User ID
Password
  Forgot User ID
or Register Today!
VegasInsider.com
Follow Us on Facebook Follow Us on Twitter Follow Us on Google+ VI Mobile Scores and Betting Odds
Home
NFL
NBA
NHL
MLB
NCAA FB
NCAA BK
Golf
Auto Racing
Horses
Boxing/MMA
More
Betting Tools

 
Hamlin eager to return at Martinsville

New Sportsbook.ag customers: Make your 1st bet, get your 2nd bet free, 100%, winnings paid in cash.
Join Now

Already have an account? Click here to view new Exclusive Rewards!

MARTINSVILLE, Va. (AP) - Being told he couldn't race last weekend because of an eye and vision problem will not make Denny Hamlin less likely to seek the help of medical staffs available at NASCAR tracks every weekend, he said Friday.

Advertisement
Hamlin let Sam Hornish Jr. drive his car last weekend at Auto Club Speedway in Fontana, Calif., after he sought the assistance of the on-site medical team when his face swelled up and his vision blurred.

Initially thought to be a sinus infection, it turned out to be a small piece of metal in his eye, Hamlin said at Martinsville Speedway. Hamlin said he doesn't blame the two doctors who examined him for failing to see the rusting metal, and it wasn't until he saw an optometrist that it was discovered, removed, and he started feeling better.

''It took someone who was in the business of eyes to find it,'' he said.

Hamlin has been cleared to return this weekend at Martinsville Speedway, where he has won four times, and he took umbrage at the notion that his reputation might have been tarnished when he missed the race.

''People who think negatively of me or think that we side-stepped some sort of drug test or something is ridiculous,'' he said, adding that he was making an effort not to get angry at the suggestion that something untoward was afoot. ''I'm in one of the top-three cars in NASCAR. I would have to be an absolute moron - moron - to risk that.''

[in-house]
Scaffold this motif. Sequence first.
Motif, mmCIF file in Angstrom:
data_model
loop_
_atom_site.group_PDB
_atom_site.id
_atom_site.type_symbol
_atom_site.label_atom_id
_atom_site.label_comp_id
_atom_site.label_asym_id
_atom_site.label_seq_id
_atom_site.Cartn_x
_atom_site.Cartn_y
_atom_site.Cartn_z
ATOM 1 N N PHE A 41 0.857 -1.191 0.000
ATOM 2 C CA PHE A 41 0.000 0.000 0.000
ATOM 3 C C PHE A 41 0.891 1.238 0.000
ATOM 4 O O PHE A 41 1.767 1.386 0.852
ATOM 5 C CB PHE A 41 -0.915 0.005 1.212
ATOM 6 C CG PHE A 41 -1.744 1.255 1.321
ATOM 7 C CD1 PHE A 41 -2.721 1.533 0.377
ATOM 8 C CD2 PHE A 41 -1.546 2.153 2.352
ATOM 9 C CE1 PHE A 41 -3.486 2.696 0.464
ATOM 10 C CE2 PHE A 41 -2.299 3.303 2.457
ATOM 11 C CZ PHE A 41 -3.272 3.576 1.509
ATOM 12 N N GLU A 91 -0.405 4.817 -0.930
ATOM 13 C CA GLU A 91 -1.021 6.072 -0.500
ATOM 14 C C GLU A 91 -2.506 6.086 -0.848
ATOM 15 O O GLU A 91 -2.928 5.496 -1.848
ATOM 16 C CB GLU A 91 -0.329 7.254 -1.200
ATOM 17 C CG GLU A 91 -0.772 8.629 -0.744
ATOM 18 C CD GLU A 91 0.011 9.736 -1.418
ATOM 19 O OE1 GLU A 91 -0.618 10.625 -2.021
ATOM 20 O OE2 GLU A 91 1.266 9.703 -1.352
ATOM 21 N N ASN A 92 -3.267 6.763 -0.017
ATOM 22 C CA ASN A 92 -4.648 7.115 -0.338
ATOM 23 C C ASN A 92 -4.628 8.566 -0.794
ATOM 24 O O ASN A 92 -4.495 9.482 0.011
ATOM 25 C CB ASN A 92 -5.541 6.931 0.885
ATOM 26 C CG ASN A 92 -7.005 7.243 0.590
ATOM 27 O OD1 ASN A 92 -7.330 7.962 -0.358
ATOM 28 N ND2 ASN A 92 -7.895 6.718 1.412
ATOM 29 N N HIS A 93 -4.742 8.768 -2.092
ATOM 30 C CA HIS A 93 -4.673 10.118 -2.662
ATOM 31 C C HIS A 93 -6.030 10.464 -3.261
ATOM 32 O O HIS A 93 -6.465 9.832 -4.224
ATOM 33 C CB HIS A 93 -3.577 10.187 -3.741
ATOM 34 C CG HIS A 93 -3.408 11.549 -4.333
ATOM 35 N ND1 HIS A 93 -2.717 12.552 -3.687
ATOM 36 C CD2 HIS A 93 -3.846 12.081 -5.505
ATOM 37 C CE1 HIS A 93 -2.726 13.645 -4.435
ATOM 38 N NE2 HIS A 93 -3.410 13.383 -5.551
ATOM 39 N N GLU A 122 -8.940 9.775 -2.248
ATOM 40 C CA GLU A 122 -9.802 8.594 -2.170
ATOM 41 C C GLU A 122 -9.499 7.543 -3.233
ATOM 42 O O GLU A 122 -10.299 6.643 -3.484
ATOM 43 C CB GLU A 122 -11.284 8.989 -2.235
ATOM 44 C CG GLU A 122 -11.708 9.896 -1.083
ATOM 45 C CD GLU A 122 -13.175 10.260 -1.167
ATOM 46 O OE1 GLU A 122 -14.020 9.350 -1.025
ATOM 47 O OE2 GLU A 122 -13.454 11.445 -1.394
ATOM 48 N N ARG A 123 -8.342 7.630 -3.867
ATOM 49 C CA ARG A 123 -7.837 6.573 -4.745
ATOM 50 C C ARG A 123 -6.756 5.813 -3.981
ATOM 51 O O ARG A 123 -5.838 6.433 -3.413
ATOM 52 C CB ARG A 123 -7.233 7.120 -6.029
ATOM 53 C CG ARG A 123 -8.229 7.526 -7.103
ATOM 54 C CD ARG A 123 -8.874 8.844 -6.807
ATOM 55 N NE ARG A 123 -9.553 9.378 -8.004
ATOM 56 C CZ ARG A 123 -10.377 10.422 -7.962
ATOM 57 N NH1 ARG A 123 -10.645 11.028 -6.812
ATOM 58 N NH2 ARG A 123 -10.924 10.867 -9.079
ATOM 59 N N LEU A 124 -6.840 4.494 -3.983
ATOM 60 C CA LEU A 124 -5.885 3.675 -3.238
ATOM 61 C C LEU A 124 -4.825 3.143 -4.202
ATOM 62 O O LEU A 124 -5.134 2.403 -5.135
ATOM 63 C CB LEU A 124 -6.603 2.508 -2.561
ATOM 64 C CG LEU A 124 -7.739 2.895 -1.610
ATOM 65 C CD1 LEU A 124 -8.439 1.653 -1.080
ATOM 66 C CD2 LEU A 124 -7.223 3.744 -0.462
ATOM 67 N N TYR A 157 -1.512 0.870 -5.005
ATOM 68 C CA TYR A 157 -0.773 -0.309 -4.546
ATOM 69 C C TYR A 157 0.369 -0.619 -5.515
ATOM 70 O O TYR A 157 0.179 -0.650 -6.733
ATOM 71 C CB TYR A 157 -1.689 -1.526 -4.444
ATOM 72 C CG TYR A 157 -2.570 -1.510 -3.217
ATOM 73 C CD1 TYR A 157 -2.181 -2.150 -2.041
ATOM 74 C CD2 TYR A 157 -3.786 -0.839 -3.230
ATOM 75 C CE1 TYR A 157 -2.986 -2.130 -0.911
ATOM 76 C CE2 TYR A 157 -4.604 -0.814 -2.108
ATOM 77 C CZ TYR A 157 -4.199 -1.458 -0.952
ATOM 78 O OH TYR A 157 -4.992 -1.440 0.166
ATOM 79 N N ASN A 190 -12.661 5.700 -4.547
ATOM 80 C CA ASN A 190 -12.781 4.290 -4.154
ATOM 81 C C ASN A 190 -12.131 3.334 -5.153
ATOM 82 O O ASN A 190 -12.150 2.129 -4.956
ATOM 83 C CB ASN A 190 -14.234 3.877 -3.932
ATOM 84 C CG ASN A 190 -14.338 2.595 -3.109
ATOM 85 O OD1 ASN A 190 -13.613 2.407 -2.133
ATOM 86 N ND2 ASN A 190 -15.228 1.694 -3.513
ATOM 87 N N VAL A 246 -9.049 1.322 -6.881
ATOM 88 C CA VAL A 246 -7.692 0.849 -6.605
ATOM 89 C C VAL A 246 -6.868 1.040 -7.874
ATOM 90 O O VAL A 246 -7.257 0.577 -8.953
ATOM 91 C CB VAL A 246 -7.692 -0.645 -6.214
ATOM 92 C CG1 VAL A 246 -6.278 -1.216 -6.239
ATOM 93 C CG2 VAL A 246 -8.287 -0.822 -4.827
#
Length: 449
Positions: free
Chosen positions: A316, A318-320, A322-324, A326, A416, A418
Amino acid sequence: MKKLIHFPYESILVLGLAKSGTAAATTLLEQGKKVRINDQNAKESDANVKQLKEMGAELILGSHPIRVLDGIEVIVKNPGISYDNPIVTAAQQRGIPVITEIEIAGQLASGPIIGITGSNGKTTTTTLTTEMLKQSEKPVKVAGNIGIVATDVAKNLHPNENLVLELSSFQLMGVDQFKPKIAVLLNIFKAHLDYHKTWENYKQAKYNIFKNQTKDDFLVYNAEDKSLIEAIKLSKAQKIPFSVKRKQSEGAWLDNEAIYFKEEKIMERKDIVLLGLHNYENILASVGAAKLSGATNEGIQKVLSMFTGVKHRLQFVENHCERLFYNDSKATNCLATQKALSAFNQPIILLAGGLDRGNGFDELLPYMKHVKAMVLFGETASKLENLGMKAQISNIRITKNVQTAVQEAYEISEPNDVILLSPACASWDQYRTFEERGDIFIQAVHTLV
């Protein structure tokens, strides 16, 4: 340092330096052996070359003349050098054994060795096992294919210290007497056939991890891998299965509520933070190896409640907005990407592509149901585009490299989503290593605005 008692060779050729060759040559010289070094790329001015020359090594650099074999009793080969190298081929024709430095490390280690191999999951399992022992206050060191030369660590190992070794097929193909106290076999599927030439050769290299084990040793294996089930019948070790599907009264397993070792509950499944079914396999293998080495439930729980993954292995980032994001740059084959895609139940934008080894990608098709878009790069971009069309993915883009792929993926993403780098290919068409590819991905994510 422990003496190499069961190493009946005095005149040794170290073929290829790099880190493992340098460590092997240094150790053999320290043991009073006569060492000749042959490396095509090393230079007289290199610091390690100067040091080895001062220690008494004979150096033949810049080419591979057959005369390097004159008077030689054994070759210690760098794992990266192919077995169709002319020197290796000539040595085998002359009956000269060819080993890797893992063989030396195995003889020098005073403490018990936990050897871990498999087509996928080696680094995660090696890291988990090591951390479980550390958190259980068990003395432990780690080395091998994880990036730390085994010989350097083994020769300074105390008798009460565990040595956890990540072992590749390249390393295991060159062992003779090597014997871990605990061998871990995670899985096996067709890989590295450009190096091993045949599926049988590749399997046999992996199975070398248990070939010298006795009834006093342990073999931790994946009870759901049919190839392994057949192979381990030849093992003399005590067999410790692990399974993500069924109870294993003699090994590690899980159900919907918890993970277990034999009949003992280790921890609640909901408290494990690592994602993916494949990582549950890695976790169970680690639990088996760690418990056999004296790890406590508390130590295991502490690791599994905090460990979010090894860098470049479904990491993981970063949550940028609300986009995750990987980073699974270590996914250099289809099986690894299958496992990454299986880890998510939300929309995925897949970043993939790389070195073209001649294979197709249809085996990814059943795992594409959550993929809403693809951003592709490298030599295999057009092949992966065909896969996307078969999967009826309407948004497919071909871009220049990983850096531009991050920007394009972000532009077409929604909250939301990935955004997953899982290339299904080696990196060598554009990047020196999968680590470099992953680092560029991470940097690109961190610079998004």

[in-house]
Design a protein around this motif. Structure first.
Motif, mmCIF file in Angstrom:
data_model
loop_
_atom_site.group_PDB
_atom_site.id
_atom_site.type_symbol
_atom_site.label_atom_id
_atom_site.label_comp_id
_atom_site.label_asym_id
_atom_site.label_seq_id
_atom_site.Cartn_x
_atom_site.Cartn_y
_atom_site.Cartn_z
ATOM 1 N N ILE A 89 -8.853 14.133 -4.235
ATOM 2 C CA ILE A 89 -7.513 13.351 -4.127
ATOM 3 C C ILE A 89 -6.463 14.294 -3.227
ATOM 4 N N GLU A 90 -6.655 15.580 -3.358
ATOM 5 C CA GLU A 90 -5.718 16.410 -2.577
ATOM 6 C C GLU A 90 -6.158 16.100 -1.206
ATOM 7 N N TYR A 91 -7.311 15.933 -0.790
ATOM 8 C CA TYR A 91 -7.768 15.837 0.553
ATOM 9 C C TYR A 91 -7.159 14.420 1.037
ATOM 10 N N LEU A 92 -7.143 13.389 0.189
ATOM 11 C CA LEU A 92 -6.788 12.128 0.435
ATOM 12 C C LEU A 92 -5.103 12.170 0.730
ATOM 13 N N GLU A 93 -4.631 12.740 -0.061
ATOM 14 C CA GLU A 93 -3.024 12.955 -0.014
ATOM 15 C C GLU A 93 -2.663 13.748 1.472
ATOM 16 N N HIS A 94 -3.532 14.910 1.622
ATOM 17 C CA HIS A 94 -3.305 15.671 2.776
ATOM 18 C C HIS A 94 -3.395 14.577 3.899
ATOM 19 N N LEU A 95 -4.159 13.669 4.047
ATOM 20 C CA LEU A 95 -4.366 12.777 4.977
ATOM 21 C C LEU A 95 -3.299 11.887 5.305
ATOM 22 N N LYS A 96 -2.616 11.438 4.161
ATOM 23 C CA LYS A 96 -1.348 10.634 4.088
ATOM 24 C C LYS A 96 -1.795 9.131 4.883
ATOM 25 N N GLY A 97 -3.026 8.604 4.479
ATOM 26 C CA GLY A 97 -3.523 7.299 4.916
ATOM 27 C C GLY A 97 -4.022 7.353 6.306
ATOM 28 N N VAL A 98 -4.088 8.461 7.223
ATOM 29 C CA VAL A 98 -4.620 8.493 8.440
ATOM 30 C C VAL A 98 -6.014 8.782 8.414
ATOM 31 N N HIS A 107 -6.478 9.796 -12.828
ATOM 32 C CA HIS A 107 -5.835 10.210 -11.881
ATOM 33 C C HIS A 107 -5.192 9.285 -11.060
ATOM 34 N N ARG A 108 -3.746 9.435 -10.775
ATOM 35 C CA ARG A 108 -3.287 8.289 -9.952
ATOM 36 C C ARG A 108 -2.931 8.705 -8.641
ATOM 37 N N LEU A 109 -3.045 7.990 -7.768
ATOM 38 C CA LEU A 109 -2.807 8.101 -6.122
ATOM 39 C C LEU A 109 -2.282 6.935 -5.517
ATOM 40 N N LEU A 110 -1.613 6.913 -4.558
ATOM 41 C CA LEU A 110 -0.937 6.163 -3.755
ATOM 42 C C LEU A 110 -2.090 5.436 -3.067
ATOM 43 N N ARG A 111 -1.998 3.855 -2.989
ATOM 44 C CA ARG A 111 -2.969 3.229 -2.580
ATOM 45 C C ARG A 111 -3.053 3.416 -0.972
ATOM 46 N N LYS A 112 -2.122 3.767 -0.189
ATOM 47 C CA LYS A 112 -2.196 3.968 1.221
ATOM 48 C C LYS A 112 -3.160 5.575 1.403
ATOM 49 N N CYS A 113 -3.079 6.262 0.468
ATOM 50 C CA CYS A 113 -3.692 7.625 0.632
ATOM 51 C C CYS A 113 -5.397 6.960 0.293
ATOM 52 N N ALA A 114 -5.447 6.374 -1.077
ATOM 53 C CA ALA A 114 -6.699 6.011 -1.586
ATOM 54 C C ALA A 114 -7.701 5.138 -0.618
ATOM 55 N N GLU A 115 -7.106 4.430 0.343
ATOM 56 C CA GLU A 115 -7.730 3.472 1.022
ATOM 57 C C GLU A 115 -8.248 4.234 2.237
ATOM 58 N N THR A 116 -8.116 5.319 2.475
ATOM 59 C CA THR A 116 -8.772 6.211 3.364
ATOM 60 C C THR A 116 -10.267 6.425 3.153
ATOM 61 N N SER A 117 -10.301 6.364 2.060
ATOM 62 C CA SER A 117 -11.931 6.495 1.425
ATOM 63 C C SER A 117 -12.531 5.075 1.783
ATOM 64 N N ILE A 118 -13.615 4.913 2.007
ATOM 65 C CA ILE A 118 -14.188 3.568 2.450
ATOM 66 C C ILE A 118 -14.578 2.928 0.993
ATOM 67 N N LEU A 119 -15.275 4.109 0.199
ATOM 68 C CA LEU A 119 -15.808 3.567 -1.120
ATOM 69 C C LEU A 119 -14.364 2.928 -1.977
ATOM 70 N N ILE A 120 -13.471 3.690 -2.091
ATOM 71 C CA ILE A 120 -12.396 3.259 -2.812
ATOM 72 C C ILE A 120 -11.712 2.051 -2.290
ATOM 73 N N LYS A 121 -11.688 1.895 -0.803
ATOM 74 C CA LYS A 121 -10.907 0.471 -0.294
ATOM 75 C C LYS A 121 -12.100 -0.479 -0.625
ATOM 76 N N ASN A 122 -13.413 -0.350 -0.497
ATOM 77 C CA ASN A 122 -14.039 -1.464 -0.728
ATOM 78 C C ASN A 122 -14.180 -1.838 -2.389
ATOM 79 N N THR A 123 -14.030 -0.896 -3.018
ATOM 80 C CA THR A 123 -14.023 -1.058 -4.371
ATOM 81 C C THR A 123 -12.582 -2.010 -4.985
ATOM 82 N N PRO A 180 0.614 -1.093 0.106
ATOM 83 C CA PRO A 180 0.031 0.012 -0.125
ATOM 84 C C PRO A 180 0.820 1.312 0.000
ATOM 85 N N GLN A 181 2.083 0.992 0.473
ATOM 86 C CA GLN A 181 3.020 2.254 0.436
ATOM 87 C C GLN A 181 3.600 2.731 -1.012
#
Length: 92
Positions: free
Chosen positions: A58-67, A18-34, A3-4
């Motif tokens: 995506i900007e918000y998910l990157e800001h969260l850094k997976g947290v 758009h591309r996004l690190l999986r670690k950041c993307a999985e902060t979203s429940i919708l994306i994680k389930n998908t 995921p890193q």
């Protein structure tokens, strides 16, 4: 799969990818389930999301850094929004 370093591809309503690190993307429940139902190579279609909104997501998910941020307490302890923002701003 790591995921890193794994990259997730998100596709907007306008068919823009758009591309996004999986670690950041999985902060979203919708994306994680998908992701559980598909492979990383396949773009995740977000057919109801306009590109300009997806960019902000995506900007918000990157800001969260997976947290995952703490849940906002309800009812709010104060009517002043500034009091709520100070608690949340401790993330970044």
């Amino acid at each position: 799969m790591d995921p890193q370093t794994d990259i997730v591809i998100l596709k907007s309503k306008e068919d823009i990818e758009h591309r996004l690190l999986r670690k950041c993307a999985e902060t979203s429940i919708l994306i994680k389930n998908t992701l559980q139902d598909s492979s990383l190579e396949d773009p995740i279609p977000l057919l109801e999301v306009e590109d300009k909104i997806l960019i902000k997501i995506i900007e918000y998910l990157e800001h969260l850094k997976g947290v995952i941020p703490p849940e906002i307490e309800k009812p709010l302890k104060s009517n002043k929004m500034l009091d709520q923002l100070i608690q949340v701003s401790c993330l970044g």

Dale Earnhardt Jr., who originally said he was concerned about Hamlin's point of view about how he wound up being told he couldn't race, said his concern wasn't for the medical team's competency, but for his fellow driver.

''I feel great about the process and what NASCAR has had in place for years,'' Earnhardt said.

NASCAR travels with two registered nurses who have access to each driver's medical records each week, and tracks work with local doctors and hospitals to staff a full trauma unit when cars are on the track.

Hamlin, 34, said he's frustrated by spending so much time answering medical questions. The Fontana race was where he sustained a broken back a year ago, and he rushed back into competition hoping to make the playoffs, but came up short.

''I feel better than I ever have,'' he said. ''Pilates has changed my life as far as my back is concerned. My back is no longer an issue - knock on wood. Everything - you hate getting attention for those reasons, but a lot of it is because we haven't won a whole lot over these last year and a half.

''We're going to change that this weekend.''

---

Follow Hank on twitter at: http://twitter.com/hankkurzjr

AP NEWS
The Associated Press News Service

Copyright 2014
The Associated Press
All Rights Reserved

  
HEADLINES
Roberts: Brickyard 400 Preview
Brandon Jones wins Indy ARCA race
Barbosa, Fittipaldi win Brickyard GP
Force sisters top NHRA qualifying
Busch trades Double for single at Indy
Petty believes NASCAR should help teams
Montoya back at Indy intent on winning
Ambrose dodges questions about future
Azerbaijan set to host F1 race in 2016
MORE HEADLINES
 
VegasInsider.com Gold Membership
  
corner graphic
With a VI Gold Membership, you can SAVE 10% off a Live Odds subscription, SAVE 20% off Daily Pick packages, and receive access to up to 1,000 Member Plays each month!